Dispose of your Pumpkins Sustainably
Pumpkins, pumpkins everywhere! Fall is known for its plethora of pumpkin themed treats, from the classic pumpkin spice latte to chocolate chip pumpkin muffins; it feels like they are included in just about everything! Pumpkins are also a beloved autumnal decoration, often on display next to front doorsteps and in windows. Showing off creatively carved pumpkin faces can put a smile upon observers' faces. But when it is time to part ways with your pumpkins, we encourage you to continue pursuing creativity by disposing of them in an eco-friendly way.
In 2014, the U.S. Department of Energy estimated that out of the 1.9 billion pounds of pumpkins grown, 1.3 billion pounds were thrown away, instead of being consumed or composted. This unnecessary waste contributes to the greenhouse gasses emitted from our landfills. Halloween should be spooky, but not because of the waste produced.
There are many methods to sustainably dispose of pumpkins, so don't let yours end up in the landfill! Here are four suggestions we have for you.
1. Eat what you can!
If you haven't carved your pumpkin yet, you can find endless recipes online for how to consume your pumpkin, from the seeds to the skin!
Roasted pumpkin seeds are a healthy and yummy snack. They can be eaten by themselves, or within trail mix and salads! Peeled pumpkin skin can be dehydrated, and eaten as a simple pumpkin chip snack.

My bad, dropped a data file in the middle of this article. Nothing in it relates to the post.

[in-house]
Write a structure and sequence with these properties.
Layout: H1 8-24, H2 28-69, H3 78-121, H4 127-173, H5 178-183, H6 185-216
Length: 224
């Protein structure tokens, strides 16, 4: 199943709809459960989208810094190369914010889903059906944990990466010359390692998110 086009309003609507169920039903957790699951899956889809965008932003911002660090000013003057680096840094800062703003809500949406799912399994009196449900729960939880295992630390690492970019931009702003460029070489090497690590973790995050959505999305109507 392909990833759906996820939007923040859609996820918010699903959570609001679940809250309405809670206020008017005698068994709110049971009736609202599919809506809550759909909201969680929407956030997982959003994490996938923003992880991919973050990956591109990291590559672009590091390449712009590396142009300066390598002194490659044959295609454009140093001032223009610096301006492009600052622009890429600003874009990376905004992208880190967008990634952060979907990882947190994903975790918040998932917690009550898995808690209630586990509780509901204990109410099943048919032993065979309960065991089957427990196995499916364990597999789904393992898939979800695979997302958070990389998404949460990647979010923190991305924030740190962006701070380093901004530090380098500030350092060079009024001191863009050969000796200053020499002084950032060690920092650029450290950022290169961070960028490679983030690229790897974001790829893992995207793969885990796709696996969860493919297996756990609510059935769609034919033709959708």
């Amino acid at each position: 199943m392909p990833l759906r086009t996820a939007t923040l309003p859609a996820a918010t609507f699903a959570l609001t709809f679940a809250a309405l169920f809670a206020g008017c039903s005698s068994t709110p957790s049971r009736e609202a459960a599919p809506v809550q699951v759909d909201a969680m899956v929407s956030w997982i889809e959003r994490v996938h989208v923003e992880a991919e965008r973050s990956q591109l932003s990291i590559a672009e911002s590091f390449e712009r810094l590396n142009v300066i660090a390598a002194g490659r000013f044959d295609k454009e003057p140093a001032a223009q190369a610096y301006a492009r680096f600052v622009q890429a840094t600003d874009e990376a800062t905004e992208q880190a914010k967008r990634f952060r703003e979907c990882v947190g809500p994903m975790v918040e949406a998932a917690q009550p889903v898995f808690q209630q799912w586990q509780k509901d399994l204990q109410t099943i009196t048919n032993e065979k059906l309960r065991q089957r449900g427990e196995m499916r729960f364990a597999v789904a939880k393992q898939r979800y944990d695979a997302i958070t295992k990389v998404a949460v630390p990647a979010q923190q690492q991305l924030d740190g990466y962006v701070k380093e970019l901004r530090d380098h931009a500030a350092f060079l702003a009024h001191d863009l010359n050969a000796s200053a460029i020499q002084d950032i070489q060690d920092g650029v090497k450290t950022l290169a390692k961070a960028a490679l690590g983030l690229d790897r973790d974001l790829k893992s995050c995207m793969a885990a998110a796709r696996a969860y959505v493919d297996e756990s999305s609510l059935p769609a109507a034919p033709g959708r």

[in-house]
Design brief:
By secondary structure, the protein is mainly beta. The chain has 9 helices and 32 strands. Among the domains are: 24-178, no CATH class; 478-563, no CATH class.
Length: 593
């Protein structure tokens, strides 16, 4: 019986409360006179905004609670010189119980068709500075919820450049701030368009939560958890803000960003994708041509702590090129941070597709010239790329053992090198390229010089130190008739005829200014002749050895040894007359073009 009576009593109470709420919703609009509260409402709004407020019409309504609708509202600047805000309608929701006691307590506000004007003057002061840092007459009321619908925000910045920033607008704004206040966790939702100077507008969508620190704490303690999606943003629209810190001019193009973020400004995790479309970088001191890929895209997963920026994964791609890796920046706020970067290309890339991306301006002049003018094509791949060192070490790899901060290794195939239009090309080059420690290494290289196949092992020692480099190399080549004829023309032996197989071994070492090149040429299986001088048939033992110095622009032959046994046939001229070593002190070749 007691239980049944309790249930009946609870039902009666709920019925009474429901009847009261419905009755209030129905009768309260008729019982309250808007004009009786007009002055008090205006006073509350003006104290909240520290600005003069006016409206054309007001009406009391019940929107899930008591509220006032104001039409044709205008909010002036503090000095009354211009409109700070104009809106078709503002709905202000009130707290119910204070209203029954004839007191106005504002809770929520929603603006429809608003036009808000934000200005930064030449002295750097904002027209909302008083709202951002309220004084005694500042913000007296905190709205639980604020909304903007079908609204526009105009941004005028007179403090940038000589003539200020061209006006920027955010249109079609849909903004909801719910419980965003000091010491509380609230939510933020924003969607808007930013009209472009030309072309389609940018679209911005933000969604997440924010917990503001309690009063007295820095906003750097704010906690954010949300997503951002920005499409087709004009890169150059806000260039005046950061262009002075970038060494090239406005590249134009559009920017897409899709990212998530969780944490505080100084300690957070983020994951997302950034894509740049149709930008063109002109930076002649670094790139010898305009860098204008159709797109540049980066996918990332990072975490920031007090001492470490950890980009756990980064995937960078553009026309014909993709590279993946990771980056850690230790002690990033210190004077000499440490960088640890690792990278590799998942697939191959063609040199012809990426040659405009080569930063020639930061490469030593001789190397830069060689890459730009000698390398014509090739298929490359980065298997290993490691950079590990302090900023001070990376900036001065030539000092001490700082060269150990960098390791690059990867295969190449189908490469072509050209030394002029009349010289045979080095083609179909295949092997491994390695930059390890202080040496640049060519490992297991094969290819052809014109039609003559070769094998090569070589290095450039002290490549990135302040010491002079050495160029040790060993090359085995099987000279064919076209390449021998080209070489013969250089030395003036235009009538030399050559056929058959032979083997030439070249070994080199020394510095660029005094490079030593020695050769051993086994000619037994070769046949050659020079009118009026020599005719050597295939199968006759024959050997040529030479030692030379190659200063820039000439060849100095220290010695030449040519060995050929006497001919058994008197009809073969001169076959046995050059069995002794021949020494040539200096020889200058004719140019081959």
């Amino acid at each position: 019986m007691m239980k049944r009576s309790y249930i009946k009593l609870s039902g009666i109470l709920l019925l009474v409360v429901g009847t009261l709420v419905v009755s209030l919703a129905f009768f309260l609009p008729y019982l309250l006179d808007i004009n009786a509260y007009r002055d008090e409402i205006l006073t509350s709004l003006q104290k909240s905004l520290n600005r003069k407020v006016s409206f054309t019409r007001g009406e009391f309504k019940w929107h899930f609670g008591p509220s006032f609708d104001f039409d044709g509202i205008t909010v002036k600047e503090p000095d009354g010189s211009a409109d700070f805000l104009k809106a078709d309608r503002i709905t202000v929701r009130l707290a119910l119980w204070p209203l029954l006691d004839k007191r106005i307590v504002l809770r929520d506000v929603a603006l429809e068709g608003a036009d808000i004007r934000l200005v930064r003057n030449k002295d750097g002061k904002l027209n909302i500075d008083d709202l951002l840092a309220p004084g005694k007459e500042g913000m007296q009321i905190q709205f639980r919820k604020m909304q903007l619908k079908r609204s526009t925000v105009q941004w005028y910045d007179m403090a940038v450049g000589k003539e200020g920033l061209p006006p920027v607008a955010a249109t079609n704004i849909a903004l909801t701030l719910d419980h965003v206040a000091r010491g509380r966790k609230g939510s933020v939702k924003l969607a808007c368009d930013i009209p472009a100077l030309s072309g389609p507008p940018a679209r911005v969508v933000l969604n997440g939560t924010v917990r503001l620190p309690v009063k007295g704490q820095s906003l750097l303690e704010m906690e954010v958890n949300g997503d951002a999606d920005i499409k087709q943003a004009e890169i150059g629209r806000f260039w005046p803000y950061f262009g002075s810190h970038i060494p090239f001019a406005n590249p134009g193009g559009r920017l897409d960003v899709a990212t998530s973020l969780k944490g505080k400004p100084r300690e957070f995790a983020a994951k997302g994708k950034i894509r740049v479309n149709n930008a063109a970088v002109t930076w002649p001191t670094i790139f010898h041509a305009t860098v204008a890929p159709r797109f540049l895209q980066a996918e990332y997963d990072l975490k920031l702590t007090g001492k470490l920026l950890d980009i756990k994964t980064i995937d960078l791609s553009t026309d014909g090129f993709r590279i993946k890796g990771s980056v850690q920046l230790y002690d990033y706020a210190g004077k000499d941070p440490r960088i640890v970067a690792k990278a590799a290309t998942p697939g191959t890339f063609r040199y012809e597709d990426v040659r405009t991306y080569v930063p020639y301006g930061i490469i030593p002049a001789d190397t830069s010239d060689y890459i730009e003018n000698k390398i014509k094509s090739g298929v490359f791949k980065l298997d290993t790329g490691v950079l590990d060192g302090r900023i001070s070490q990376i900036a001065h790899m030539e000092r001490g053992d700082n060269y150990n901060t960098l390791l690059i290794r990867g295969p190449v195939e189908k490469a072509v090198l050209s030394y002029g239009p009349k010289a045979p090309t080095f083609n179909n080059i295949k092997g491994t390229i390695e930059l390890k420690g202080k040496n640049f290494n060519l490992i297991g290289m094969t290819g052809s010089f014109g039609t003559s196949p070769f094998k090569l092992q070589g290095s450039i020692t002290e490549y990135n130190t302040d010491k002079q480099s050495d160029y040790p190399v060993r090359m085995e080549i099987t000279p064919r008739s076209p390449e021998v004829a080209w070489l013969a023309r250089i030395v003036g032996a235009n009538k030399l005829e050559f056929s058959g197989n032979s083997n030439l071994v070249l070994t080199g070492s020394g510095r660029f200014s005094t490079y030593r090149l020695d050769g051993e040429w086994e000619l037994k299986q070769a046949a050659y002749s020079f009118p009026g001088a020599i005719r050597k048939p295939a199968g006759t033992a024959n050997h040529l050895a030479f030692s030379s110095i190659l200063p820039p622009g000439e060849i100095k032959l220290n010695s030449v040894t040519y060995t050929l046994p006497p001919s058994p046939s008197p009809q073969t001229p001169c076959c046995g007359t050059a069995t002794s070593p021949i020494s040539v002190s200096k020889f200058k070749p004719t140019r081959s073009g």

You can puree the pumpkin flesh, to include in sweet or savory dishes. Some recipe ideas include a classic pumpkin pie, pumpkin bread, pumpkin lasagna, pumpkin soup, and pumpkin hummus. There are so many options to try!
If you do not want to eat the pumpkin puree, it is full of nutrients and vitamins, which is ideal for creating a DIY natural face mask.
2. Feed them to animals.
Consider sharing your pumpkins with animals. Be sure to do this when the pumpkin is still fresh, and has not started to mold.
Chickens are known to enjoy eating pumpkins. If you, or a neighbor, have chickens, you could consider adding pumpkins to their feed! Some local farms and zoos also accept pumpkin donations to feed to their animals.
If you cut up pieces of your pumpkin and place them in your yard, backyard wildlife will feast on this fall treat. Be sure to place the pumpkin sections far from your house and garden to keep a safe distance from wildlife. You can also dry out pumpkin seeds and add them to your bird feeders.
3. Place them in your backyard compost pile.
If your carved pumpkin has been sitting out for a while, and has begun to decompose, composting may be the best option for you. You can recycle your pumpkins' nutrients back to the earth by composting them!
Remove any candles, wax, or other non-organic materials in the pumpkin. Remove seeds as well, unless you want pumpkins to randomly grow in your compost pile and garden next year. The rate of decomposition will increase if your pumpkins are broken into smaller pieces. You can do this by either cutting your pumpkins carefully with a knife, or by smashing it. This can also release built up tension!
If you do not have a backyard composting bin, but still want to create nutrient-rich soil for your garden, you can bury the pieces within your garden.
4. Place them into your yard debris cart.
In Clark County, pumpkins are accepted for curbside collection when placed within yard debris carts, except in Camas and Washougal.